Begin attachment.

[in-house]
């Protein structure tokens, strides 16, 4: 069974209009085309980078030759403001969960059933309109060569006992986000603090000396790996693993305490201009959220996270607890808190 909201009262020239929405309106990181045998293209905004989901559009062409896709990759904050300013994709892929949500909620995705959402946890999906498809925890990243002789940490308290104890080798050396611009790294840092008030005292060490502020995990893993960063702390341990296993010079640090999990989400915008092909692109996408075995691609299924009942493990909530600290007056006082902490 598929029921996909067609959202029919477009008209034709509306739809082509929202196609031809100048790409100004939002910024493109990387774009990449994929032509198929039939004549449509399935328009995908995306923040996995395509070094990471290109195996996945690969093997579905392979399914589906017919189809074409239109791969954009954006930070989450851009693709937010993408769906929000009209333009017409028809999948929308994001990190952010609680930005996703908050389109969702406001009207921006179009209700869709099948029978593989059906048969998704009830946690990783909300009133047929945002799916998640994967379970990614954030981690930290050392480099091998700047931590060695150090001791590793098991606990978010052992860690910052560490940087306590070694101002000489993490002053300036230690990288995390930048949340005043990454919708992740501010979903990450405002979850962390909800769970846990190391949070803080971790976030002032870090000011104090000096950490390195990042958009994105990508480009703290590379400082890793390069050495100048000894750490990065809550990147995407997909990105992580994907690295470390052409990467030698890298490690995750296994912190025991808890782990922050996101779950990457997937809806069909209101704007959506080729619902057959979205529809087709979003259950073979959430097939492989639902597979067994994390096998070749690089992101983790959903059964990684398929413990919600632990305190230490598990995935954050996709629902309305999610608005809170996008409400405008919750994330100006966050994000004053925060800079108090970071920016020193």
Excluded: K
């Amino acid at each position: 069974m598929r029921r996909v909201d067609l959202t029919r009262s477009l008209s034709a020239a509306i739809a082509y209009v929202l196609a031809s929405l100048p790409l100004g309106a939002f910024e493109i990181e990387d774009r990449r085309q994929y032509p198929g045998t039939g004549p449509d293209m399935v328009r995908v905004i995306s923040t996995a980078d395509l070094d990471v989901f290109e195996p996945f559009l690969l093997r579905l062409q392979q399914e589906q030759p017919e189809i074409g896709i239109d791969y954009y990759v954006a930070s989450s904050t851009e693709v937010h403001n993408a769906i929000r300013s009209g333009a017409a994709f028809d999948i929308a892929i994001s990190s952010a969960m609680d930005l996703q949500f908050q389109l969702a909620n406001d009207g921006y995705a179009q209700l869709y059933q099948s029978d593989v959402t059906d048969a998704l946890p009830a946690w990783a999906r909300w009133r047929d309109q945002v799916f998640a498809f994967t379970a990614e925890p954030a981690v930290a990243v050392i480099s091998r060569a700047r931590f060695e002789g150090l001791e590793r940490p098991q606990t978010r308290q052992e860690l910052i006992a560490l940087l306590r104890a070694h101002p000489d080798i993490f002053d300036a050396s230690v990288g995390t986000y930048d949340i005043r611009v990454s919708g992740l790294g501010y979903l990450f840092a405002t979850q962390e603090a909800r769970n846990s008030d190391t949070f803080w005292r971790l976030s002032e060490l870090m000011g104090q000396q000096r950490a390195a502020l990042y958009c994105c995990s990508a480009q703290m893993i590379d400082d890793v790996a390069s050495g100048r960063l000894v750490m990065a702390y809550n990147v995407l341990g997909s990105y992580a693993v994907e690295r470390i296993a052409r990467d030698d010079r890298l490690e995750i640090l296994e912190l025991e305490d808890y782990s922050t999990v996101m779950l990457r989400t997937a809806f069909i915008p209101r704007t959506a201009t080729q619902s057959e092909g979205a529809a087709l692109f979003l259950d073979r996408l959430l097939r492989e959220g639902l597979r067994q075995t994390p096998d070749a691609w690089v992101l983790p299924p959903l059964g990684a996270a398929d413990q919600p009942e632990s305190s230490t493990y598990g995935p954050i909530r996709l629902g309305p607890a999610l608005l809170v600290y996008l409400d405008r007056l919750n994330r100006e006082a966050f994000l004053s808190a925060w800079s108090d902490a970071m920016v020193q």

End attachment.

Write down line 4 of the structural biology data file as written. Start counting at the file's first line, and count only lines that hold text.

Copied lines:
């Amino acid at each position: 069974m598929r029921r996909v909201d067609l959202t029919r009262s477009l008209s034709a020239a509306i739809a082509y209009v929202l196609a031809s929405l100048p790409l100004g309106a939002f910024e493109i990181e990387d774009r990449r085309q994929y032509p198929g045998t039939g004549p449509d293209m399935v328009r995908v905004i995306s923040t996995a980078d395509l070094d990471v989901f290109e195996p996945f559009l690969l093997r579905l062409q392979q399914e589906q030759p017919e189809i074409g896709i239109d791969y954009y990759v954006a930070s989450s904050t851009e693709v937010h403001n993408a769906i929000r300013s009209g333009a017409a994709f028809d999948i929308a892929i994001s990190s952010a969960m609680d930005l996703q949500f908050q389109l969702a909620n406001d009207g921006y995705a179009q209700l869709y059933q099948s029978d593989v959402t059906d048969a998704l946890p009830a946690w990783a999906r909300w009133r047929d309109q945002v799916f998640a498809f994967t379970a990614e925890p954030a981690v930290a990243v050392i480099s091998r060569a700047r931590f060695e002789g150090l001791e590793r940490p098991q606990t978010r308290q052992e860690l910052i006992a560490l940087l306590r104890a070694h101002p000489d080798i993490f002053d300036a050396s230690v990288g995390t986000y930048d949340i005043r611009v990454s919708g992740l790294g501010y979903l990450f840092a405002t979850q962390e603090a909800r769970n846990s008030d190391t949070f803080w005292r971790l976030s002032e060490l870090m000011g104090q000396q000096r950490a390195a502020l990042y958009c994105c995990s990508a480009q703290m893993i590379d400082d890793v790996a390069s050495g100048r960063l000894v750490m990065a702390y809550n990147v995407l341990g997909s990105y992580a693993v994907e690295r470390i296993a052409r990467d030698d010079r890298l490690e995750i640090l296994e912190l025991e305490d808890y782990s922050t999990v996101m779950l990457r989400t997937a809806f069909i915008p209101r704007t959506a201009t080729q619902s057959e092909g979205a529809a087709l692109f979003l259950d073979r996408l959430l097939r492989e959220g639902l597979r067994q075995t994390p096998d070749a691609w690089v992101l983790p299924p959903l059964g990684a996270a398929d413990q919600p009942e632990s305190s230490t493990y598990g995935p954050i909530r996709l629902g309305p607890a999610l608005l809170v600290y996008l409400d405008r007056l919750n994330r100006e006082a966050f994000l004053s808190a925060w800079s108090d902490a970071m920016v020193q």